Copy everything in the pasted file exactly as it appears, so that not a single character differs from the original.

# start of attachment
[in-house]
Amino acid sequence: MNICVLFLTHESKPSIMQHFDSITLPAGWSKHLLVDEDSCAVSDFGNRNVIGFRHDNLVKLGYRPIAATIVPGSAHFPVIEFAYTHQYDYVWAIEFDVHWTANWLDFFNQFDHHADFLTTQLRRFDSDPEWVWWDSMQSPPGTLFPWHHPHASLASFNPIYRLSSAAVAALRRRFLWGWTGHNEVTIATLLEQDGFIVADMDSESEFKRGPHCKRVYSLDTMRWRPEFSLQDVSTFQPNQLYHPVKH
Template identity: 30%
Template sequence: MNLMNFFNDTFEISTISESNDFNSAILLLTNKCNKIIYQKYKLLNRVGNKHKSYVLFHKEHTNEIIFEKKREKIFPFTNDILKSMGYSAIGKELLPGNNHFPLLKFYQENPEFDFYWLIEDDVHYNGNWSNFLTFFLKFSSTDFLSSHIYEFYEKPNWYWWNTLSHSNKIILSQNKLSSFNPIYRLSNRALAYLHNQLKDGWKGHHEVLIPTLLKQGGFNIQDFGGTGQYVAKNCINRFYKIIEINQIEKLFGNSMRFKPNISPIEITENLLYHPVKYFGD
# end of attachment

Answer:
[in-house]
Amino acid sequence: MNICVLFLTHESKPSIMQHFDSITLPAGWSKHLLVDEDSCAVSDFGNRNVIGFRHDNLVKLGYRPIAATIVPGSAHFPVIEFAYTHQYDYVWAIEFDVHWTANWLDFFNQFDHHADFLTTQLRRFDSDPEWVWWDSMQSPPGTLFPWHHPHASLASFNPIYRLSSAAVAALRRRFLWGWTGHNEVTIATLLEQDGFIVADMDSESEFKRGPHCKRVYSLDTMRWRPEFSLQDVSTFQPNQLYHPVKH
Template identity: 30%
Template sequence: MNLMNFFNDTFEISTISESNDFNSAILLLTNKCNKIIYQKYKLLNRVGNKHKSYVLFHKEHTNEIIFEKKREKIFPFTNDILKSMGYSAIGKELLPGNNHFPLLKFYQENPEFDFYWLIEDDVHYNGNWSNFLTFFLKFSSTDFLSSHIYEFYEKPNWYWWNTLSHSNKIILSQNKLSSFNPIYRLSNRALAYLHNQLKDGWKGHHEVLIPTLLKQGGFNIQDFGGTGQYVAKNCINRFYKIIEINQIEKLFGNSMRFKPNISPIEITENLLYHPVKYFGD